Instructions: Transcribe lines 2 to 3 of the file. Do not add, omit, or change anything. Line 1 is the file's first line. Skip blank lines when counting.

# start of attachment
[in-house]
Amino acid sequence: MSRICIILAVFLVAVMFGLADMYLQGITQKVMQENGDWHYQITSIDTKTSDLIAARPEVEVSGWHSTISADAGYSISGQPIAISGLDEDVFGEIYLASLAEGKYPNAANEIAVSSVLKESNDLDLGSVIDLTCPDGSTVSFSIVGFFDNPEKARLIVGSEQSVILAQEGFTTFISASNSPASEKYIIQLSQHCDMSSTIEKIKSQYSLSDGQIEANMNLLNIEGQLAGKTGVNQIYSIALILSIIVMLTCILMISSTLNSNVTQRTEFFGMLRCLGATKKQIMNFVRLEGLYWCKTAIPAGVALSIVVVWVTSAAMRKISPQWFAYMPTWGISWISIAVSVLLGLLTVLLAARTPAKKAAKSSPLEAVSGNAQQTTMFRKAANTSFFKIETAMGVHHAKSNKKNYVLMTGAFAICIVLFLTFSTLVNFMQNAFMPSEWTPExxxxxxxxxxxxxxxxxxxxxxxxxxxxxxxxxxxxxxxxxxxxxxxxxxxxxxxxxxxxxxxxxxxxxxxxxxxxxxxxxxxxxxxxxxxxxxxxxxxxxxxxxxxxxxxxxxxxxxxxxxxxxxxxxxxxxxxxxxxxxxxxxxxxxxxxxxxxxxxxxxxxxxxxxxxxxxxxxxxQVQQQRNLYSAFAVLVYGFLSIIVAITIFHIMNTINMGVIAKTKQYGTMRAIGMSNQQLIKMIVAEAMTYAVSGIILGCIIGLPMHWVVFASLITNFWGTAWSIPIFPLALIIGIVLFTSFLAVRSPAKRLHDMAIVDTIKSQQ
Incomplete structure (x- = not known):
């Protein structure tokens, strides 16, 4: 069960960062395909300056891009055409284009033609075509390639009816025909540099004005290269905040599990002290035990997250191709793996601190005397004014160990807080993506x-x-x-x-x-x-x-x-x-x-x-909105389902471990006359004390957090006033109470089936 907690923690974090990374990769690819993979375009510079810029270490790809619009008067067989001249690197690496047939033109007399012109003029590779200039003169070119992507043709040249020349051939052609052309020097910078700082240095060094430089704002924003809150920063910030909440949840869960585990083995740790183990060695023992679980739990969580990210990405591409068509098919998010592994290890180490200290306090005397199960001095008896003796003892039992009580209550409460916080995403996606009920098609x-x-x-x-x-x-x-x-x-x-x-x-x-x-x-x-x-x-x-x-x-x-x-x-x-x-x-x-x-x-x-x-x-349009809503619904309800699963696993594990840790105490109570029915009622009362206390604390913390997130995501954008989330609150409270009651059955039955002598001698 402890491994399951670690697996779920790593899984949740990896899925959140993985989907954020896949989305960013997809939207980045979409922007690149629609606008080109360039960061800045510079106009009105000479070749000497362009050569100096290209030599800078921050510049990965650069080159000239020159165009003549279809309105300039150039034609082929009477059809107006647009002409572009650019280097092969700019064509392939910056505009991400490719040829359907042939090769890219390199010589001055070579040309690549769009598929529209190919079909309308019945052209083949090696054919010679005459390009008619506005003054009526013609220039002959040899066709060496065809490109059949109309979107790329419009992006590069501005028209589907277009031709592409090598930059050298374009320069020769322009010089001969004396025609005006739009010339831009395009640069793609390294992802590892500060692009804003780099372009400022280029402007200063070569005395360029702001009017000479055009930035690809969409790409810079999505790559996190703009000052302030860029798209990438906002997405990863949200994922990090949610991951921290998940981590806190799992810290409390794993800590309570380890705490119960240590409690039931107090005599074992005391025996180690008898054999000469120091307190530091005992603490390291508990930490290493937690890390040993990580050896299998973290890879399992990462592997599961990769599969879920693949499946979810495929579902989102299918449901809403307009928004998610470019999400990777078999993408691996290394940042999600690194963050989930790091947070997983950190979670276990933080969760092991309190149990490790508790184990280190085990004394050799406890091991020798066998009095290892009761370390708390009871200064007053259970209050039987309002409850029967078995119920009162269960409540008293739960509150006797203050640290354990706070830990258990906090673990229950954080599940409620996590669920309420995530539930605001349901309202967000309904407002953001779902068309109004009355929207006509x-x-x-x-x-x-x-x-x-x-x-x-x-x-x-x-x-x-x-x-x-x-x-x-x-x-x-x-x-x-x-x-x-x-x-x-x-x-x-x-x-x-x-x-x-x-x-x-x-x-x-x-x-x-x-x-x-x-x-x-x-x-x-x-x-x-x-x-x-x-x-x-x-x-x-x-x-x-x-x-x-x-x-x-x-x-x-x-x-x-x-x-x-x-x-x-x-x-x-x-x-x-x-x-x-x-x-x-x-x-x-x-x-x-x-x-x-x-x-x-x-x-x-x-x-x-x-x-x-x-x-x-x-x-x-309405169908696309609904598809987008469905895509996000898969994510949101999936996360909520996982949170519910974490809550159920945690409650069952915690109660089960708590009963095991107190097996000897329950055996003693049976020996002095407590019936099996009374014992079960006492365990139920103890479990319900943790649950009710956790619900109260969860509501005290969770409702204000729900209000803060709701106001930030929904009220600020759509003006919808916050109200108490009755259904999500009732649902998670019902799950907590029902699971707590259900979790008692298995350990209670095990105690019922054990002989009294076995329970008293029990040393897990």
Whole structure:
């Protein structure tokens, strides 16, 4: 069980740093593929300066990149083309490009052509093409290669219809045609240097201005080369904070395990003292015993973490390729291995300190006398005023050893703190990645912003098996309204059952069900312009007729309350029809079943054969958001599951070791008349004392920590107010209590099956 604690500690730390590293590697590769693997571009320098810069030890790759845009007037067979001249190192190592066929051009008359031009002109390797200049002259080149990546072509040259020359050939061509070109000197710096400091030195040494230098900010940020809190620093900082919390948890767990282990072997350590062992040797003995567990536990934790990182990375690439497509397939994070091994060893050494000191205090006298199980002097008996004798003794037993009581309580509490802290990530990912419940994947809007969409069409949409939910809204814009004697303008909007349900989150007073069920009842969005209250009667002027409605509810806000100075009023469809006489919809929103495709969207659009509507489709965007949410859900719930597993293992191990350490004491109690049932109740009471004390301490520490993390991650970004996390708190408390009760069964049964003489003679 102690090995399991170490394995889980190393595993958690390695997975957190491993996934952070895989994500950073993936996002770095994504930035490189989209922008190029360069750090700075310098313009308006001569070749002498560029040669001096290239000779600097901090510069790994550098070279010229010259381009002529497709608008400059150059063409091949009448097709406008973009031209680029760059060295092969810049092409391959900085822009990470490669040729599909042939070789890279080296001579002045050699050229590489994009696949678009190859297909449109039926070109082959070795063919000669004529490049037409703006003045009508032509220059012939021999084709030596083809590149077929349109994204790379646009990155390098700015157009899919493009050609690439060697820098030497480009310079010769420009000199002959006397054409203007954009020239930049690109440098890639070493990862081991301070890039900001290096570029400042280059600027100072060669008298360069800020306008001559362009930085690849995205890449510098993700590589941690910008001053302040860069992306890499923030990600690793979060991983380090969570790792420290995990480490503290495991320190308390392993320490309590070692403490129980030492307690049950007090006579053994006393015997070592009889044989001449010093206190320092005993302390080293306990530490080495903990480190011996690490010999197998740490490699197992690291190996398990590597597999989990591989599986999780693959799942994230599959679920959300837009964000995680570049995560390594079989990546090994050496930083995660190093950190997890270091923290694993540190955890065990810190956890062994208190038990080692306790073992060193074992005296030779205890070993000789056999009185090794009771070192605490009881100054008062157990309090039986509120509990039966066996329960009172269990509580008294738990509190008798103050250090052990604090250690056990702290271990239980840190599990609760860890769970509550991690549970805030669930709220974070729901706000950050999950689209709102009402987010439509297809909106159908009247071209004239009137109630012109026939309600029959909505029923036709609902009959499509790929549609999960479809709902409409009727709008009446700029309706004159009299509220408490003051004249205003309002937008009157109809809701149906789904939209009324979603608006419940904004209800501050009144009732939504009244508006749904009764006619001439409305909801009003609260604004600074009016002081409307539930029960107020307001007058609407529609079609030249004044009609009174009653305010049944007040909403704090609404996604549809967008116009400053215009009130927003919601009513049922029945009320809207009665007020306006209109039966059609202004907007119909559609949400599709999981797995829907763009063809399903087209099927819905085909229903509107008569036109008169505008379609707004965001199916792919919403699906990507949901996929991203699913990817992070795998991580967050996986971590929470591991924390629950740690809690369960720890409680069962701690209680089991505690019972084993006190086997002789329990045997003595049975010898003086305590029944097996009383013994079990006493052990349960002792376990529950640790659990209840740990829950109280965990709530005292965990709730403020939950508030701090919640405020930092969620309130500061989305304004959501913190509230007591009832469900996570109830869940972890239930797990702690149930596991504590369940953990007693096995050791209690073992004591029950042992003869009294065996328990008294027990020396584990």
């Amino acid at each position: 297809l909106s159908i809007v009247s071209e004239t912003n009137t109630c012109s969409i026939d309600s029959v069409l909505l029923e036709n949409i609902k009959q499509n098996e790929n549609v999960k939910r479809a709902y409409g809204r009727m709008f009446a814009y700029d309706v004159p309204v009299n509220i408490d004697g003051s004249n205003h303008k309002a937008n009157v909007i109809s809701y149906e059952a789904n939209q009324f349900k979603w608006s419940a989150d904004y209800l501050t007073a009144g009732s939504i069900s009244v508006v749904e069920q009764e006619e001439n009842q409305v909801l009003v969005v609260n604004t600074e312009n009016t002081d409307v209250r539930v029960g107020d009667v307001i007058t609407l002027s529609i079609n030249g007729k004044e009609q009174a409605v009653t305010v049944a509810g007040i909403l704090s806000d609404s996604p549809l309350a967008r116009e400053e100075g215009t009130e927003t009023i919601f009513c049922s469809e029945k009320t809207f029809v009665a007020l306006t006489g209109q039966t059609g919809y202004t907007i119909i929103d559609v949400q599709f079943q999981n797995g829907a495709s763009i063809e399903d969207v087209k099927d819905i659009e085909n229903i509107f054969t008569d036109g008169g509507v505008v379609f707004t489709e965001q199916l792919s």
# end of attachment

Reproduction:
Amino acid sequence: MSRICIILAVFLVAVMFGLADMYLQGITQKVMQENGDWHYQITSIDTKTSDLIAARPEVEVSGWHSTISADAGYSISGQPIAISGLDEDVFGEIYLASLAEGKYPNAANEIAVSSVLKESNDLDLGSVIDLTCPDGSTVSFSIVGFFDNPEKARLIVGSEQSVILAQEGFTTFISASNSPASEKYIIQLSQHCDMSSTIEKIKSQYSLSDGQIEANMNLLNIEGQLAGKTGVNQIYSIALILSIIVMLTCILMISSTLNSNVTQRTEFFGMLRCLGATKKQIMNFVRLEGLYWCKTAIPAGVALSIVVVWVTSAAMRKISPQWFAYMPTWGISWISIAVSVLLGLLTVLLAARTPAKKAAKSSPLEAVSGNAQQTTMFRKAANTSFFKIETAMGVHHAKSNKKNYVLMTGAFAICIVLFLTFSTLVNFMQNAFMPSEWTPExxxxxxxxxxxxxxxxxxxxxxxxxxxxxxxxxxxxxxxxxxxxxxxxxxxxxxxxxxxxxxxxxxxxxxxxxxxxxxxxxxxxxxxxxxxxxxxxxxxxxxxxxxxxxxxxxxxxxxxxxxxxxxxxxxxxxxxxxxxxxxxxxxxxxxxxxxxxxxxxxxxxxxxxxxxxxxxxxxxQVQQQRNLYSAFAVLVYGFLSIIVAITIFHIMNTINMGVIAKTKQYGTMRAIGMSNQQLIKMIVAEAMTYAVSGIILGCIIGLPMHWVVFASLITNFWGTAWSIPIFPLALIIGIVLFTSFLAVRSPAKRLHDMAIVDTIKSQQ
Incomplete structure (x- = not known):